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Robert Courtnell

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Robert Courtnell

Robert Courtnell

Volunteering for St John's is an excellent step to achieving my ambition

Voluntary work can be very rewarding and enjoyable. Helping others and doing something productive can be a good way to boost self-confidence and help you back into a working routine.

We spoke to St John’s Ambulance First Aider Robert Courtnell, 29, from Luton, about how volunteering has helped him following brain injury.

How did you sustain your brain injury?

In May 2015 I was in a road traffic incident in New Zealand. I’d just played in a rugby match and we were planning on celebrating our 42-0 win by going to a party. However, on the way, our driver lost control and the car was sent tumbling off the road into a field.

I spent five weeks in hospital and a further six weeks in rehabilitation.


How long have you been working for St John’s Ambulance Service?

Since 2016


What made you want to be a first aider?

I enjoy meeting new people and hearing their stories. I enjoy the challenges that come with helping people.


What is the best thing about being a first aider?

The appreciation from the public, and the free ice-cream from ice-cream vans!

The best thing is knowing that I can assist in saving someone’s life should I need to. But, more commonly, just help make the individual’s current situation better by treating them effectively and efficiently.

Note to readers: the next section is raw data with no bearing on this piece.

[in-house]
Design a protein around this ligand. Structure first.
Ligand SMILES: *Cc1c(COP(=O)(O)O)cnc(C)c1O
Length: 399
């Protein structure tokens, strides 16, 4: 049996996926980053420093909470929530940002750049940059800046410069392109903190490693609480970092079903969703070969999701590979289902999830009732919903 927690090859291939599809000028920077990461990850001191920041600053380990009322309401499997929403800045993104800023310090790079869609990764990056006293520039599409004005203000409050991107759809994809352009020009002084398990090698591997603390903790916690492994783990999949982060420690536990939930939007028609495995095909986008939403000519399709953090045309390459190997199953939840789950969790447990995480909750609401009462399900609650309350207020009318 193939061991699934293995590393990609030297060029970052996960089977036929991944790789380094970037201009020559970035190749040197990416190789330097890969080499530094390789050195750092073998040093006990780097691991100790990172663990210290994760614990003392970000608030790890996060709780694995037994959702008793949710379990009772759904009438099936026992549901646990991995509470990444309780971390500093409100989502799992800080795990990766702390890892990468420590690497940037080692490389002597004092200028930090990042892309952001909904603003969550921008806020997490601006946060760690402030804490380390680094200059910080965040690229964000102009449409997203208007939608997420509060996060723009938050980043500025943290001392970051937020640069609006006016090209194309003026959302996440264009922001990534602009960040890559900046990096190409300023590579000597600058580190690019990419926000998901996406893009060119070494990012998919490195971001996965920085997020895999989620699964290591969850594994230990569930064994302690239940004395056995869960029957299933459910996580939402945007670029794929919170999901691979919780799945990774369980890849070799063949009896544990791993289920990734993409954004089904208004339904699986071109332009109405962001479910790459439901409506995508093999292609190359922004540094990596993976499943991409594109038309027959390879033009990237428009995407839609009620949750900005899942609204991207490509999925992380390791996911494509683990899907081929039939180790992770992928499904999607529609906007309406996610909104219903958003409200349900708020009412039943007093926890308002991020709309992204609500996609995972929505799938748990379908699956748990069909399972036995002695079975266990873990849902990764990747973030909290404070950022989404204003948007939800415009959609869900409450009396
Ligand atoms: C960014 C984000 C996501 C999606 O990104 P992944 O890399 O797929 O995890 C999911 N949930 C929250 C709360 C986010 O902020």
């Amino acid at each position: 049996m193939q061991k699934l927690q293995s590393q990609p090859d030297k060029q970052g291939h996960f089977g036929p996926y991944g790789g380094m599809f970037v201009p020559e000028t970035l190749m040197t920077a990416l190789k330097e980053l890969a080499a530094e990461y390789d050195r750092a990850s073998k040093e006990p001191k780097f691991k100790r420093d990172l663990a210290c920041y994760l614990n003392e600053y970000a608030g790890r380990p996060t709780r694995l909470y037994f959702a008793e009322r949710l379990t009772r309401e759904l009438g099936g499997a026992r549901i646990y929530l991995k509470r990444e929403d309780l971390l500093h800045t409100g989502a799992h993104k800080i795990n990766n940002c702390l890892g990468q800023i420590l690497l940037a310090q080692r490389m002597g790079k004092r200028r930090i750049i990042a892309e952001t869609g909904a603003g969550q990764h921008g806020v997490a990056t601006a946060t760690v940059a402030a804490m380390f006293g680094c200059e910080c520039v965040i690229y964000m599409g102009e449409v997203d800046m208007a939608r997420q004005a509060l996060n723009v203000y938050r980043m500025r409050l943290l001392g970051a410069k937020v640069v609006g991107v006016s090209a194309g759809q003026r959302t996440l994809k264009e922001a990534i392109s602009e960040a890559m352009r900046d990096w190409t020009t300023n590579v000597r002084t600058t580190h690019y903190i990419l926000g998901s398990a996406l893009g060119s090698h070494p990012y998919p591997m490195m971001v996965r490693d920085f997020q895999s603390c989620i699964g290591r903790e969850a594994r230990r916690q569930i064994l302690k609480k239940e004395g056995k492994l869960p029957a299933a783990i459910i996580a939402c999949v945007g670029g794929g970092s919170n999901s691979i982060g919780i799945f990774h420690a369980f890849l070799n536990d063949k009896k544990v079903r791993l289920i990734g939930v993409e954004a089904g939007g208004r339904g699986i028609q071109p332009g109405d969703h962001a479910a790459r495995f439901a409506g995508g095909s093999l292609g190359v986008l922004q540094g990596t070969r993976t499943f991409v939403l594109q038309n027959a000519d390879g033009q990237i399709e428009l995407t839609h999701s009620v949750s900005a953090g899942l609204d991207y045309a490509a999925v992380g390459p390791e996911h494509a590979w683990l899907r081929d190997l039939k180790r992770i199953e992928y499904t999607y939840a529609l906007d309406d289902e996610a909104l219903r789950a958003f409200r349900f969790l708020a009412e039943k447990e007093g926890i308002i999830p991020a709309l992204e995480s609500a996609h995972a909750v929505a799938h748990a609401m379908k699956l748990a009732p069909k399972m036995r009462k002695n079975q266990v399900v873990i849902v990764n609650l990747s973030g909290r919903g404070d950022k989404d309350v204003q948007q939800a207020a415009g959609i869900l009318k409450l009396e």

What is the most challenging thing about being a first aider?

I’m always on “edge” waiting for someone who needs treatment. This means that at the end of a shift I’m exhausted, particularly when it’s been a long or busy duty.

The other challenge is the variety of treatment that could be required, ranging from a small cut to someone in need of resuscitation. I’ve had ample training for every situation but the unknown factor can be scary.

Do you think your brain injury helps you be a good first aider?

It makes me want to help others.

The treatment I received in rehabilitation in New Zealand made me appreciate those who helped me walk and live independently again.

I was bed bound when I first arrived to the rehab centre and through their hard work I was able to walk onto the plane back to England, unaided without crutches.

The efforts of the team who helped me inspire me to be a good first aider.

What advice would you give to someone who is thinking about volunteering following a brain injury?

Find whatever is it that you enjoy doing, and be generous devoting your time to it. Learning first aid has been something I wanted to be trained in and I want to go further.


What are your hobbies/interests?

I no longer play rugby so I’ve filled that void with playing golf, cycling and reading. I try to get out of the house when I can.


What hopes do you have for the future?

My dream has changed since the accident and I’m currently hoping to train and become a paramedic.

It might take a bit of time but I look forward to the challenge. Volunteering for St John’s is an excellent step to achieving my ambition.

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